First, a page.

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image: Gene Silencing Is Golden

Gene Silencing Is Golden

By | August 1, 2013

A beginner’s how-to on RNAi screening in mammalian cells

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image: Remaking Nature

Remaking Nature

By | August 1, 2013

Synthetic biologists need to work together with conservationists to understand the environmental consequences of this new technology.

6 Comments

image: Sketching out Cell Theory, circa 1837

Sketching out Cell Theory, circa 1837

By | August 1, 2013

How a dinner-table conversation between two biologists led to the formulation of the theory that cells are the building blocks of all living organisms.

3 Comments

image: Smoke Detectors

Smoke Detectors

By | August 1, 2013

Ancient receptors in seeds bind a small molecule in smoke that promotes germination.

1 Comment

image: Week in Review, July 22–26

Week in Review, July 22–26

By | July 26, 2013

Faux stem cells; X chromosome involved in sperm production; rewarding peer review; clues to flatworm regeneration; an ethereal glow signals death

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image: Complaints About Government Contest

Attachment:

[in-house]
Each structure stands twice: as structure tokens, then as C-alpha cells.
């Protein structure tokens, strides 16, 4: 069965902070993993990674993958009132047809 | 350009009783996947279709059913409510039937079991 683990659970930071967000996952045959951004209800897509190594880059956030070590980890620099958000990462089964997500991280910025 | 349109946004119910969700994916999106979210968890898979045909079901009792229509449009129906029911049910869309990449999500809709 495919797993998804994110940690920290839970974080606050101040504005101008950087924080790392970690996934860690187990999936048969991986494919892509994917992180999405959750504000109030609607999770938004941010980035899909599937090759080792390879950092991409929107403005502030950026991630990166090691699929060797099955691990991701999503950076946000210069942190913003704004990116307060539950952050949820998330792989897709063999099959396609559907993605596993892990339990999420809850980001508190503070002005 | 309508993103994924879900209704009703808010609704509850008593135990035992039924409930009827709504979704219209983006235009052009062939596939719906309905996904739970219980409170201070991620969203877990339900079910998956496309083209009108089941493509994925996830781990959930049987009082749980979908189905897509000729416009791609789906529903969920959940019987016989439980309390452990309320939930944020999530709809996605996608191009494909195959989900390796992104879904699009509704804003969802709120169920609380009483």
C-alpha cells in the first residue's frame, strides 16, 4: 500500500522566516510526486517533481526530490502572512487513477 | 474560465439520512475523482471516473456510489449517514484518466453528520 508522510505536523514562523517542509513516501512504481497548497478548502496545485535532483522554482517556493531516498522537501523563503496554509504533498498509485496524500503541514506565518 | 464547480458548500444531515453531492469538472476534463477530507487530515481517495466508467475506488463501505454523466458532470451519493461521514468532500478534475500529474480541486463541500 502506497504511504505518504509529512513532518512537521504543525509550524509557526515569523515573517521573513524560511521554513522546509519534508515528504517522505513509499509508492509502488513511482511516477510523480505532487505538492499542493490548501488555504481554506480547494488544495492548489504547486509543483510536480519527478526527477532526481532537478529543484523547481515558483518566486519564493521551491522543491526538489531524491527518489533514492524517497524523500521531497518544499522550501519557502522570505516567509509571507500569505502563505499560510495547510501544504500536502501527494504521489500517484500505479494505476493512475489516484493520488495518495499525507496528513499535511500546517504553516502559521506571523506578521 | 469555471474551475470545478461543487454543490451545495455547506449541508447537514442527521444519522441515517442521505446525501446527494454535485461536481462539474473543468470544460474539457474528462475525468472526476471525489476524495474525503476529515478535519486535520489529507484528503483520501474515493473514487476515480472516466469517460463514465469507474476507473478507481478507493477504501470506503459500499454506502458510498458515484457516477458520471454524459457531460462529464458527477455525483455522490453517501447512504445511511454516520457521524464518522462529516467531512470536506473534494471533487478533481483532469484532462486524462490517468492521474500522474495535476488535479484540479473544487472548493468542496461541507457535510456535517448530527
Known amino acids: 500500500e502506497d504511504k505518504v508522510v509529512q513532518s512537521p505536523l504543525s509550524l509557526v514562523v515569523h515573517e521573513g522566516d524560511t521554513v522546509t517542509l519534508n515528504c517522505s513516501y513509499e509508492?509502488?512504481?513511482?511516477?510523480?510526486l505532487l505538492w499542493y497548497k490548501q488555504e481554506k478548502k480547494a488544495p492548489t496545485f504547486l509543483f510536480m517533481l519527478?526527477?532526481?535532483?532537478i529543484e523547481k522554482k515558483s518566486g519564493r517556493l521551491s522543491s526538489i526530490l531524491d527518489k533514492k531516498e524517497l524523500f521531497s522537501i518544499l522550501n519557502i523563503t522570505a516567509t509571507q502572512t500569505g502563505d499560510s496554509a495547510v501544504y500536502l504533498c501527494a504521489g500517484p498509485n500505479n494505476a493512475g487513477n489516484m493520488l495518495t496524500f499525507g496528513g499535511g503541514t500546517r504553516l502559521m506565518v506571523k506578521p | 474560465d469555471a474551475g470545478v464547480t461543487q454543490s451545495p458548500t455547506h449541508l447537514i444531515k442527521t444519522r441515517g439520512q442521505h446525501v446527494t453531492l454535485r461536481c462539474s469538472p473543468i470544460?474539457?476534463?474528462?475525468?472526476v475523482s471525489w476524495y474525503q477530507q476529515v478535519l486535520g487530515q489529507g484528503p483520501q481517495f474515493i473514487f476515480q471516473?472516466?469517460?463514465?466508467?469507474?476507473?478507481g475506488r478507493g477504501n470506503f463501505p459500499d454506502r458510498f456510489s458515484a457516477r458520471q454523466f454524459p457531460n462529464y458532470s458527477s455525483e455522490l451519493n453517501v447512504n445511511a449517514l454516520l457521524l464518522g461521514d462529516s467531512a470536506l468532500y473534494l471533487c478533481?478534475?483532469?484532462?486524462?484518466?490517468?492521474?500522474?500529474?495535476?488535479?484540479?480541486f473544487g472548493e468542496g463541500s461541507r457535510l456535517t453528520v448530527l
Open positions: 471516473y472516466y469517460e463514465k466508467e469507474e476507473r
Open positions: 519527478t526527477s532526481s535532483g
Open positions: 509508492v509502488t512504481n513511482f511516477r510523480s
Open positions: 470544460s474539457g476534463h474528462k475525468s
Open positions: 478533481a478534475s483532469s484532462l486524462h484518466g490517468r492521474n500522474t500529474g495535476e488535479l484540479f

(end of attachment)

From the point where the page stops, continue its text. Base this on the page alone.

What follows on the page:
Complaints About Government Contest

By | July 24, 2013

Contestants criticize the organization and scoring of a Pentagon competition challenging scientists to detect bioterrorism threats by analyzing DNA sequences.

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image: A Wild Stem Cell Chase

A Wild Stem Cell Chase

By | July 24, 2013

A rigorous new study provides strong evidence that very small embryonic-like stem cells hypothesized to be found in mice and humans do not exist.

1 Comment

image: Dying Worms Emit Ethereal Glow

Dying Worms Emit Ethereal Glow

By | July 24, 2013

A head-to-tail wave of blue fluorescence signals the death of a nematode worm.

1 Comment

image: Gene Therapy Coming of Age?

Gene Therapy Coming of Age?

By | July 11, 2013

Using lentiviral vectors to replace mutated genes in blood stem cells, scientists successfully treat two rare diseases apparently without causing harmful side effects.

2 Comments

image: Bacterial Gene Transfer Gets Sexier

Bacterial Gene Transfer Gets Sexier

By | July 9, 2013

Mycobacterium smegmatis can donate larger portions of its genome to other bacteria than previously thought, approaching the level of gene shuffling seen in sexual reproduction.

1 Comment

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